Submitted to: Emerging Infectious Diseases
Publication Type: Peer Reviewed Journal
Publication Acceptance Date: May 14, 2008
Publication Date: August 1, 2008
Citation: Winker, K., Spackman, E., Swayne, D.E. 2008. Rarity of influenza A virus in spring shorebirds, southern Alaska. Emerging Infectious Diseases. 14(8):1314-1316. Interpretive Summary: Knowledge of avian influenza virus (AIV) prevalence and distribution in wild birds is essential for understanding the ecology of the virus developing and testing plans. During the spring of 2006 and 2007 gulls and sandpipers were sampled at an important shorebird migration site, the Copper River Delta area of Alaska. During the spring migration millions of birds congregate and this region has the highest concentrations of these birds in the Western hemisphere. In this study a total of 1,820 birds were tested for AIV. One AIV was identified from a Gull. In relation to previously reported studies of AIV in wild birds, our data suggest differences within North America for different bird species in AIV infection rates.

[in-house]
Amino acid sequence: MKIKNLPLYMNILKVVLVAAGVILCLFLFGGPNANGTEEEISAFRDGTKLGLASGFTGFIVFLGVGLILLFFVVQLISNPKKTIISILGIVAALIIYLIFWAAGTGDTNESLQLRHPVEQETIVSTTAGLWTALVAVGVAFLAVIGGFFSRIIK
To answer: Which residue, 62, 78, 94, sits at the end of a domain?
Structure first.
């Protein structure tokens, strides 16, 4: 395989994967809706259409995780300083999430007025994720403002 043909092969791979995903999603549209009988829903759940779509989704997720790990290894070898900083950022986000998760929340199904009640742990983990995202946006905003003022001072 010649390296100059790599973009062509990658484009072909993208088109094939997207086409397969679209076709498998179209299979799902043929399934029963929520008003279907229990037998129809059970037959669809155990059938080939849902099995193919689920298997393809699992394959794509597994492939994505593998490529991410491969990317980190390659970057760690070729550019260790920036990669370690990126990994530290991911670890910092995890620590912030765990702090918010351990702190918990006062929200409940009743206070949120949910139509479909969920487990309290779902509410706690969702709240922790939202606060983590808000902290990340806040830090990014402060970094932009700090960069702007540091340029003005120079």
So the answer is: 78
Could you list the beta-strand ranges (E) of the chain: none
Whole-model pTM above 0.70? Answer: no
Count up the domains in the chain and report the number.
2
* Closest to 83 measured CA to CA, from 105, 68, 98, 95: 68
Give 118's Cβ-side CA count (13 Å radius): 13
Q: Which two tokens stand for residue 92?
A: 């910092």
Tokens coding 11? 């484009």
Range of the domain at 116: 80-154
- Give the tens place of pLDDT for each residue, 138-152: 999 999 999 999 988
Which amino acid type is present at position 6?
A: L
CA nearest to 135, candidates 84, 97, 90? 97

Technical Abstract: Knowledge of AIV and host epidemiology and ecology is essential for effective monitoring and mitigation plans. We conducted AIV surveillance in the spring of 2006 and 2007 at a continentally important shorebird migration site, the Copper River Delta area of Alaska. During spring migration many millions of birds congregate, causing the highest spring shorebird concentrations in the New World. A total of 1,050 shorebirds (Western Sandpiper, Calidris mauri, and Least Sandpiper, C. minutilla) and 770 Glaucous-winged Gulls (Larus glaucescens) were sampled and screened by real-time RT-PCR for influenza A virus, and virus isolation was performed on rRT-PCR positives. One AIV was identified from a Glaucous-winged Gull reflecting an overall prevalance of 0.055%. Our data suggest differences within a continent and within a genus (Calidris) for the North American migration system. This confirms that knowledge of how AI viruses cycle in wild bird hosts remains incomplete at continental and family-level taxonomic scales.